things that many jobs would want but don’t even look for when hiring. Jobs such
as a therapist need people who are understanding and supportive as well as,
yes, needing to know how to deal with different situations, which would
probably be taught. Or by being a doctor, you need good social skills, but also
need to be able to pass a test to say that you know what you are doing as lives
are in your hands. Therefore, I’m not saying all tests are bad I’m just saying
that schools are sucking the creativity out of children.
I was told the other day it was a privilege that I could
choose art, drama, music or DT as a subject to take at GCSE. Why was that ever made
a privilege? I’m sorry, but I think it is just ridiculous that you have to have
permission to be creative or even have the opportunity to express yourself in
school. Isn’t that what being a youngster is for? What has our society turned
into if a person cannot even voice their own opinions?
Exams are overdone because they don’t bring out the hidden
skills in children, those desires, those thriving passions just waiting to
emerge, because all they are doing is remembering what’s on a sheet of paper.
In my tutor time when we were seeing what our best way to learn is, I figured
out it wasn’t a way of learning, it was a way of remembering things for a short
amount of time, so that you can pass an exam and get to the college, sixth form
or the apprenticeship you desire. However, if you talk to any adult of today, I
bet you they can barely remember half of their school life and the bits they
can remember, are when they rebelled against a teacher or really exceeded at
something or just the friends they made. Barely any of them will remember the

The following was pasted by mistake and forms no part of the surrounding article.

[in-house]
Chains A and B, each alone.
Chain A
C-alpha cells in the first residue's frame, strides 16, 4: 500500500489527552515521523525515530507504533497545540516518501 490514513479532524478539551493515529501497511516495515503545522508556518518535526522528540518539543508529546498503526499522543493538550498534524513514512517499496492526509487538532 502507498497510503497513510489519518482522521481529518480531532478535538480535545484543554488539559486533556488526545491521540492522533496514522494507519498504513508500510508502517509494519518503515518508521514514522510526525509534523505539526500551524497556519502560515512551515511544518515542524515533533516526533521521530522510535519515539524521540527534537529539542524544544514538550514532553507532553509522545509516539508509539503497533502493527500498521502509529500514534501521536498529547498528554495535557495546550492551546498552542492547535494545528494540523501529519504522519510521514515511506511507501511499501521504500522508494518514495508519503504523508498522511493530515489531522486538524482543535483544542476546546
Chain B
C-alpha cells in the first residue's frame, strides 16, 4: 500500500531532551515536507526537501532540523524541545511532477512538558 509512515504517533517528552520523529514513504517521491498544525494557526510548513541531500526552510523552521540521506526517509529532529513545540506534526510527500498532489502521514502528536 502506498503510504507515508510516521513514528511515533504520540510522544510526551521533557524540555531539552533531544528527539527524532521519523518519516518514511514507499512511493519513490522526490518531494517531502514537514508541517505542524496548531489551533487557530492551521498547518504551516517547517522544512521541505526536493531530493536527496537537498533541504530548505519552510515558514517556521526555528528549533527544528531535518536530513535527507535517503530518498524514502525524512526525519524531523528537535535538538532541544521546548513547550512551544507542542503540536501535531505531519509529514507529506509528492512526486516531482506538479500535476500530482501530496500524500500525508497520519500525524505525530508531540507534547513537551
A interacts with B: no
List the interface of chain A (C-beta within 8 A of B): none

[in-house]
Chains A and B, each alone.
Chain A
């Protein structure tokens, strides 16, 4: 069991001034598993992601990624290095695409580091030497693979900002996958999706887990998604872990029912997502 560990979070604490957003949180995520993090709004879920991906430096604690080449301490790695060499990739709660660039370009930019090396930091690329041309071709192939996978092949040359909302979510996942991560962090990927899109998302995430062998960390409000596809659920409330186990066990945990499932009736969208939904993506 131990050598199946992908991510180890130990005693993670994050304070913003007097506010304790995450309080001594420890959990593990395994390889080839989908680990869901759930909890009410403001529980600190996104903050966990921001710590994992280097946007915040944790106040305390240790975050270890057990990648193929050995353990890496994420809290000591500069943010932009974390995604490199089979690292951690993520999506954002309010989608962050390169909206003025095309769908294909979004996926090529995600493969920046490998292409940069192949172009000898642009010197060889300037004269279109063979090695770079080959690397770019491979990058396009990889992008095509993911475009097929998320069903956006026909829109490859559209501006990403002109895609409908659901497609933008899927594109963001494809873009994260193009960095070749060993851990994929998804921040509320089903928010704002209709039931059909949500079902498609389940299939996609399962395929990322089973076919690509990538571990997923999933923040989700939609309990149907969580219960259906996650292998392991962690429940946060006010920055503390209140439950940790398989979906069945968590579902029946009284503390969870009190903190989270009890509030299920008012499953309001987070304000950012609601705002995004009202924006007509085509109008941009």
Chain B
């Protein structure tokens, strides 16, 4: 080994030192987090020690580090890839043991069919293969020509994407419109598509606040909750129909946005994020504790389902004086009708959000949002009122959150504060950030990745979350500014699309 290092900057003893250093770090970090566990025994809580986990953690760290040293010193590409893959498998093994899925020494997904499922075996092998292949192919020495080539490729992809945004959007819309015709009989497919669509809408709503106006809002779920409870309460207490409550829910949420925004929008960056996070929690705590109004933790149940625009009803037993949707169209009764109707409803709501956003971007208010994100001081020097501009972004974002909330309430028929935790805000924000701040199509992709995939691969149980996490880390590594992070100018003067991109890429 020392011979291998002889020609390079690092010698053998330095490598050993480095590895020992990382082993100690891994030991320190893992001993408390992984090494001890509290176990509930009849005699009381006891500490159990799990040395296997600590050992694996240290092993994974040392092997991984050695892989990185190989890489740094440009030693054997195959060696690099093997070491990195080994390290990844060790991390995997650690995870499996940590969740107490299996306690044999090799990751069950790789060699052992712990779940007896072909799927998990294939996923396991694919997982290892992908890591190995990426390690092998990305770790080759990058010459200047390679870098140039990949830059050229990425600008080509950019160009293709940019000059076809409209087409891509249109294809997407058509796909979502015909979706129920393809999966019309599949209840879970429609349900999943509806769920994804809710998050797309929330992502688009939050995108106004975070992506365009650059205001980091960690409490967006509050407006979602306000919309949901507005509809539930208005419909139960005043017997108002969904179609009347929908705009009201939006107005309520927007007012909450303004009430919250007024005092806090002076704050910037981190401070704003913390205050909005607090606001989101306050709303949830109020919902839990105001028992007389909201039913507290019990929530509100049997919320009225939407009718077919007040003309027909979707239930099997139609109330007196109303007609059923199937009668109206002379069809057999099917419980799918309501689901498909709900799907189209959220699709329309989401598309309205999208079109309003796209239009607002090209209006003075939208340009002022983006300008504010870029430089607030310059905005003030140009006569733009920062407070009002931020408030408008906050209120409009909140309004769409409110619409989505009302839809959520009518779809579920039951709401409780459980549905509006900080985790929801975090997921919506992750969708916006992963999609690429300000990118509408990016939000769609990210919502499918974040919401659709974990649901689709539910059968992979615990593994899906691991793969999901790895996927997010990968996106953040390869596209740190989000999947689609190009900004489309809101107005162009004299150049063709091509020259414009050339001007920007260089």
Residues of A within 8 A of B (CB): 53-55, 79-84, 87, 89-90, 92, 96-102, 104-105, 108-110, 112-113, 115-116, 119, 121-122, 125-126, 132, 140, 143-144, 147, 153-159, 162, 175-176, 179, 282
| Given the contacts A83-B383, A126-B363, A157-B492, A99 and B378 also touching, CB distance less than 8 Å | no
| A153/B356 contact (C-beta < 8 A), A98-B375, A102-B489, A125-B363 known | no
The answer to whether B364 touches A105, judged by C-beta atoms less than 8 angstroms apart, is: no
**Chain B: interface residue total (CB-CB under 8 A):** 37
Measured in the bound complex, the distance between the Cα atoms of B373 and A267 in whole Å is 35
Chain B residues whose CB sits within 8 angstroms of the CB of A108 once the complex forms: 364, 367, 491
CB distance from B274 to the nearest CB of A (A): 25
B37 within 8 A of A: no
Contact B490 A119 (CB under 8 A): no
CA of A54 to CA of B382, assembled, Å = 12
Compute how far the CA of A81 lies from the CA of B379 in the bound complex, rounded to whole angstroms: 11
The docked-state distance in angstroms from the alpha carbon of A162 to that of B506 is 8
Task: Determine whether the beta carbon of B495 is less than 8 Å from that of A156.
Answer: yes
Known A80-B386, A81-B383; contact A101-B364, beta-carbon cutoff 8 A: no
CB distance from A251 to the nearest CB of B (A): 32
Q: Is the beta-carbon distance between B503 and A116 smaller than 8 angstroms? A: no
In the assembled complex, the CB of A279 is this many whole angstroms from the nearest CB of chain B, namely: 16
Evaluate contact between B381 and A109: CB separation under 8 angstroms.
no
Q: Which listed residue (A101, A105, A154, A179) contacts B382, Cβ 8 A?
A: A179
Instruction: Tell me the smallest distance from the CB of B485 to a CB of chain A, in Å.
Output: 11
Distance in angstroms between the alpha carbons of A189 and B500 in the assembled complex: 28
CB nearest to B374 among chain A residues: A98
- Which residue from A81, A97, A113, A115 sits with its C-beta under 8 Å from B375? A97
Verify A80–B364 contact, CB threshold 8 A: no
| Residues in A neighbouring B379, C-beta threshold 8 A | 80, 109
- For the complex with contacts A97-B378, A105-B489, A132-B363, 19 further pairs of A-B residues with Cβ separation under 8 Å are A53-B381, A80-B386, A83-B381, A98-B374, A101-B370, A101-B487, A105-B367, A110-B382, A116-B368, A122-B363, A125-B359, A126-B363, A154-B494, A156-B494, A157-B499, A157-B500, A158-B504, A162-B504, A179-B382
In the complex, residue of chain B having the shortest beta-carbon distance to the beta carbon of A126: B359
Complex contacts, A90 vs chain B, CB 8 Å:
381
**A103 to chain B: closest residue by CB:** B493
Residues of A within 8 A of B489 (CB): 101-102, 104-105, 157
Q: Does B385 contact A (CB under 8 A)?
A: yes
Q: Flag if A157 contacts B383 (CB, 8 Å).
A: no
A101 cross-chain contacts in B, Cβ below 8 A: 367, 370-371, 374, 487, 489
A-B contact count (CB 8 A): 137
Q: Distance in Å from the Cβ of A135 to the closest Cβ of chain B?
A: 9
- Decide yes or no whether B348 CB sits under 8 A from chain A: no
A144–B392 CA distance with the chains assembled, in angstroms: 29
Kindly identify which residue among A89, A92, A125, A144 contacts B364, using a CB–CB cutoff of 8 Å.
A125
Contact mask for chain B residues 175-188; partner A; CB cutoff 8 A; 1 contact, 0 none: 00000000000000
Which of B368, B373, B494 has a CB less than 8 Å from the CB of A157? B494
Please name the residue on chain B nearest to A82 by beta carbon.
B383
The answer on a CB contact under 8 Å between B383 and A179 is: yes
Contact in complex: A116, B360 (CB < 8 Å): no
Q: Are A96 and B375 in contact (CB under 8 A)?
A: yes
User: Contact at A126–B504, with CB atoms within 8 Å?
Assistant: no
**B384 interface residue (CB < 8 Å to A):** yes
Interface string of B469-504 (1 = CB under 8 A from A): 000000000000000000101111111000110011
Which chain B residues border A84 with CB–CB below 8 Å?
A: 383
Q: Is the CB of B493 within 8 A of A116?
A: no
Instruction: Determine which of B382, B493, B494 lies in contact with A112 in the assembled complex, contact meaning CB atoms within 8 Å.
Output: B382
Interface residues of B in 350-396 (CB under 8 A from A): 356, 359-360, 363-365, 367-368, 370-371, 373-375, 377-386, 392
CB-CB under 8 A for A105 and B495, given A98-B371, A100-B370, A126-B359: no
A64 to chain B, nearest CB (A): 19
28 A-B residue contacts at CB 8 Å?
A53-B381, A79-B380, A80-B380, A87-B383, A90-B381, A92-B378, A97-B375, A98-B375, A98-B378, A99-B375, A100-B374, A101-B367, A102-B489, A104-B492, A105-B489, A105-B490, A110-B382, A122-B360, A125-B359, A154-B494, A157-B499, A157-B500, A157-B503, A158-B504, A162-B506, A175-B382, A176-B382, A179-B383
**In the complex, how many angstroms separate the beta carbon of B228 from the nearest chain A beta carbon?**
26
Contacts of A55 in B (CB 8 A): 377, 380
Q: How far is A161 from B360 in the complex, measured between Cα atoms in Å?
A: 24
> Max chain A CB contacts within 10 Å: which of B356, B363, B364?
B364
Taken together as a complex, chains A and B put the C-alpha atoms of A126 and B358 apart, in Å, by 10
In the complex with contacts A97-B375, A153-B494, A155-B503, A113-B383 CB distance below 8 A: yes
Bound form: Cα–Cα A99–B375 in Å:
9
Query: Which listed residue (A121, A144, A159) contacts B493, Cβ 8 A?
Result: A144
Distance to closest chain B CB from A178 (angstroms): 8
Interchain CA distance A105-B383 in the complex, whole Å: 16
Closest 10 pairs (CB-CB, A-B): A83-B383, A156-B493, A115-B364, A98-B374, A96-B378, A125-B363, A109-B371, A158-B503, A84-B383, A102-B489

information they learnt for their GCSEs (or O’Levels as they were called),
because half the time, they’re never going to use it again.
Another thing wrong with the education system, is that
doesn’t teach social skills, growing up or individuality anymore. It teaches
how to be the same, how to be smart and how to be ‘successful’. When really
what you want it to teach, is to let children grow into themselves; to be able
to engage with the others around them and just learn who they are; what they
are good at, so they can go out into the world and become an architect, a
teacher, a journalist, a lawyer or even a world class athlete.
Children should have the freedom to explore life and there
should never be a limit to a person’s learning or what they can achieve. So if
you read or hear this speech, please do me one favour. Stop telling people that
to ‘succeed’ in life they have to take a certain path, do certain things or be
a certain person, because to ‘succeed’ you just need to be you. Also, don’t let
people tell you that succeeding is having a specific job or role in life,
succeeding is whatever you want it to be, from learning to drive to achieving
your dream (whatever that may be).
So like Harvey Fierstein said ‘Accept no one’s definition of
your life; define yourself.’ So, learn from life, live it and move on.